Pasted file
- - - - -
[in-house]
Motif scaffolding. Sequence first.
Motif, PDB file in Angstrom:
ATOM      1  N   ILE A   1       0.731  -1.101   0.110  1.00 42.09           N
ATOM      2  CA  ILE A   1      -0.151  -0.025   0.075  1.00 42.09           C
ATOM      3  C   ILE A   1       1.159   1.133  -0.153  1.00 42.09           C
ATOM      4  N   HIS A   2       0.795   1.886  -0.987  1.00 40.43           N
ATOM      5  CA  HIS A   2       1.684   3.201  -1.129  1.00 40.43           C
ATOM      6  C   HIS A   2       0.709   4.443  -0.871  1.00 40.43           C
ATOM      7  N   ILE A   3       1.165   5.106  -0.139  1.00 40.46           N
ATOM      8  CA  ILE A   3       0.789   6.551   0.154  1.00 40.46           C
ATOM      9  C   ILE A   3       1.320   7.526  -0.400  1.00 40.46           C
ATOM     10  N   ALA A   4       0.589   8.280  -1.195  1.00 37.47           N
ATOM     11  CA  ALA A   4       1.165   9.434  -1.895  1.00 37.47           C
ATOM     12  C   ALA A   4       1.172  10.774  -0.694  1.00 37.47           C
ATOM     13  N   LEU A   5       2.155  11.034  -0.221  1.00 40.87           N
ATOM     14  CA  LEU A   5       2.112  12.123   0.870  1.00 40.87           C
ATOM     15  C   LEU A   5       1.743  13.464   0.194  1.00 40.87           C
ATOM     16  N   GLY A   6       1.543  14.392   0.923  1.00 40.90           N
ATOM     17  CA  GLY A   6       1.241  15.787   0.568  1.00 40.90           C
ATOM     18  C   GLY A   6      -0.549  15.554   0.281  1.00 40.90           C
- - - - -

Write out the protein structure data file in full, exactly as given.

[in-house]
Motif scaffolding. Sequence first.
Motif, PDB file in Angstrom:
ATOM      1  N   ILE A   1       0.731  -1.101   0.110  1.00 42.09           N
ATOM      2  CA  ILE A   1      -0.151  -0.025   0.075  1.00 42.09           C
ATOM      3  C   ILE A   1       1.159   1.133  -0.153  1.00 42.09           C
ATOM      4  N   HIS A   2       0.795   1.886  -0.987  1.00 40.43           N
ATOM      5  CA  HIS A   2       1.684   3.201  -1.129  1.00 40.43           C
ATOM      6  C   HIS A   2       0.709   4.443  -0.871  1.00 40.43           C
ATOM      7  N   ILE A   3       1.165   5.106  -0.139  1.00 40.46           N
ATOM      8  CA  ILE A   3       0.789   6.551   0.154  1.00 40.46           C
ATOM      9  C   ILE A   3       1.320   7.526  -0.400  1.00 40.46           C
ATOM     10  N   ALA A   4       0.589   8.280  -1.195  1.00 37.47           N
ATOM     11  CA  ALA A   4       1.165   9.434  -1.895  1.00 37.47           C
ATOM     12  C   ALA A   4       1.172  10.774  -0.694  1.00 37.47           C
ATOM     13  N   LEU A   5       2.155  11.034  -0.221  1.00 40.87           N
ATOM     14  CA  LEU A   5       2.112  12.123   0.870  1.00 40.87           C
ATOM     15  C   LEU A   5       1.743  13.464   0.194  1.00 40.87           C
ATOM     16  N   GLY A   6       1.543  14.392   0.923  1.00 40.90           N
ATOM     17  CA  GLY A   6       1.241  15.787   0.568  1.00 40.90           C
ATOM     18  C   GLY A   6      -0.549  15.554   0.281  1.00 40.90           C